DREAM A LITTLE DREAM OF BREAD
By Gil Marks
In the parsha of Vayeshev Joseph rises from obscurity in Egypt to head the household of Potiphar, Pharaoh's captain of the guard. After repeatedly rejecting seduction ploys by his boss' wife, the virtuous Joseph suddenly finds himself accused by her of attempted rape. Potiphar, who certainly considered it a false allegation yet needed to maintain pretenses, placed Joseph in the king's prison, sort of an Egyptian minimum-security facility, yet still no day at the beach. Making the most of his circumstances, Joseph, through dint of his personality and abilities, once again begins to rise, becoming the warden's trusted assistant. Soon two imprisoned high ranking court officials come under Joseph's care, the chief cupbearer and the chief baker.
The position of cupbearer (mashkay in Hebrew, meaning "to cause to drink," similar to Nehemiah 1:11-2:1) entailed a bit more than being a basic butler or sommelier. The cupbearer not only filled the cup with wine and handed it to Pharaoh, but also tasted all drinks to ensure that they were not poisoned. Kings who were not perpetually wary of assassination attempts or threats to the social order tended not to last very long. And it is much easier to slip some toxin into a potable than solid foods. (The custom of clinking glasses together after a toast emerged from a medieval Italian practice of diners pouring a little of their wine into each others' cups to ensure that no one surreptitiously slipped in any poison.)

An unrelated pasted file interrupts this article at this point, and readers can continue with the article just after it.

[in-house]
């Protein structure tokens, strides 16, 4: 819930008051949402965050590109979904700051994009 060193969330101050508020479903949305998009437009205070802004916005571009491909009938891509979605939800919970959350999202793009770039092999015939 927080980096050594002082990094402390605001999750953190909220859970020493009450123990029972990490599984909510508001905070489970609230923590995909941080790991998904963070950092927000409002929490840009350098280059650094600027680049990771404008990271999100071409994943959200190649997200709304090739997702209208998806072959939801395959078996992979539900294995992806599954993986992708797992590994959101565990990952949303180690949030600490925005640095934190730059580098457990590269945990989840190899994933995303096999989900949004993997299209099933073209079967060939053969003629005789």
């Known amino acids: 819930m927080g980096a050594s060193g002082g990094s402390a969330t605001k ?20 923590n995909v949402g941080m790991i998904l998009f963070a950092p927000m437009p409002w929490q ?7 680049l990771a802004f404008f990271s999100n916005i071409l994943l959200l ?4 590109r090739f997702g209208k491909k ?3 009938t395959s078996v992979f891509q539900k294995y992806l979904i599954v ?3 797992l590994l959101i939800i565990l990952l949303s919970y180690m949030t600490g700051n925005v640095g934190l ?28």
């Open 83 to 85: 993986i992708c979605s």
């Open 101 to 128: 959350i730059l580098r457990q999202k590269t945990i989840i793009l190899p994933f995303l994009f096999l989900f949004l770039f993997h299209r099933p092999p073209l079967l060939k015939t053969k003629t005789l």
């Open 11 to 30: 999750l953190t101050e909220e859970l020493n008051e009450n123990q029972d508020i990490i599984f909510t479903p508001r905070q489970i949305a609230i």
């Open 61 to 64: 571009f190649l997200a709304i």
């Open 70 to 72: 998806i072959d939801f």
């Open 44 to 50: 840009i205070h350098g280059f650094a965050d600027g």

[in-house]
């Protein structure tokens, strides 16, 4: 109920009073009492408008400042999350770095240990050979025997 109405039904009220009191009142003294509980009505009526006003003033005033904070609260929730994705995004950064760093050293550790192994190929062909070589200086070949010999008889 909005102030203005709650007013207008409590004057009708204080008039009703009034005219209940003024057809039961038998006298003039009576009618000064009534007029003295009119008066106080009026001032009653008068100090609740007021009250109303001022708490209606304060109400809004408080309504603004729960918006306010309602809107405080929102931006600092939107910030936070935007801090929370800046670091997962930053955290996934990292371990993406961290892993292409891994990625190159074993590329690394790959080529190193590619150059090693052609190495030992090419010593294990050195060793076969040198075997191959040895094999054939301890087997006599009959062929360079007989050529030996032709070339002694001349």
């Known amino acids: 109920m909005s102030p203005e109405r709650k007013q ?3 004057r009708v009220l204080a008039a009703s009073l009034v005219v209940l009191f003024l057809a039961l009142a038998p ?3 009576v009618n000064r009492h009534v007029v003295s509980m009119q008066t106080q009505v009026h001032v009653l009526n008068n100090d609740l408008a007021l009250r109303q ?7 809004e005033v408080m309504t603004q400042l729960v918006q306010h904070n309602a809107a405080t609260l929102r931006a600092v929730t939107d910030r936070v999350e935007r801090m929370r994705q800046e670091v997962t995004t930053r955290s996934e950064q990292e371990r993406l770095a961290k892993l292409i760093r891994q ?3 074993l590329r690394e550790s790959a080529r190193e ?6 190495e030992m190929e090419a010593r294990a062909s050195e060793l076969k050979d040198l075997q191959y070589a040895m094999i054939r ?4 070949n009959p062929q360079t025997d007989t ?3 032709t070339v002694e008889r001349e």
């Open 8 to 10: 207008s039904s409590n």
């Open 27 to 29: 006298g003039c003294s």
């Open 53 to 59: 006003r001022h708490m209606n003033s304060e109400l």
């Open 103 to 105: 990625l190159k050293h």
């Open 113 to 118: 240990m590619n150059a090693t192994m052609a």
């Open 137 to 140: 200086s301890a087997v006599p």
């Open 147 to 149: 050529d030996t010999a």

Thus, only a most trusted and reliable individual could serve as the royal cupbearer or, for that matter, the head baker. The latter position was no mere cook involved in actual toil in flour and heat, but rather the supervisor of the operations. Indeed, the Giza pyramid reserved a special tomb for a head baker. Obviously, a head baker also had to be trusted not to poison the food. The head cupbearer and head baker, like Potiphar, were members of the small, elite hereditary Egyptian upper class, as no commoner was permitted to serve in these capacities before Pharaoh, and had input into policy decisions as well.
The text did not relate the offenses of these two men, only that they "chawtu (sometimes translated as "offended") their lord the king of Egypt (40:1)." Interestingly, the word chawt, which means "to miss the mark," was the same term previously used by Joseph in refusing the advances of Potiphar's wife, "How can I do this great wickedness (against Potiphar), and chawtasi against God (39:9)." (Judaism does not view sin as moral violation, but rather a missing of the mark.) The Midrash expounded on what marks the two ministers missed -- a fly was found in the wine cup and a small pebble in a loaf of Pharaoh's bread. According to the Midrash, the two officials were imprisoned for a year, so their offenses probably occurred on Pharaoh's previous birthday celebration, which, since he was considered divine, was also an Egyptian religious occasion.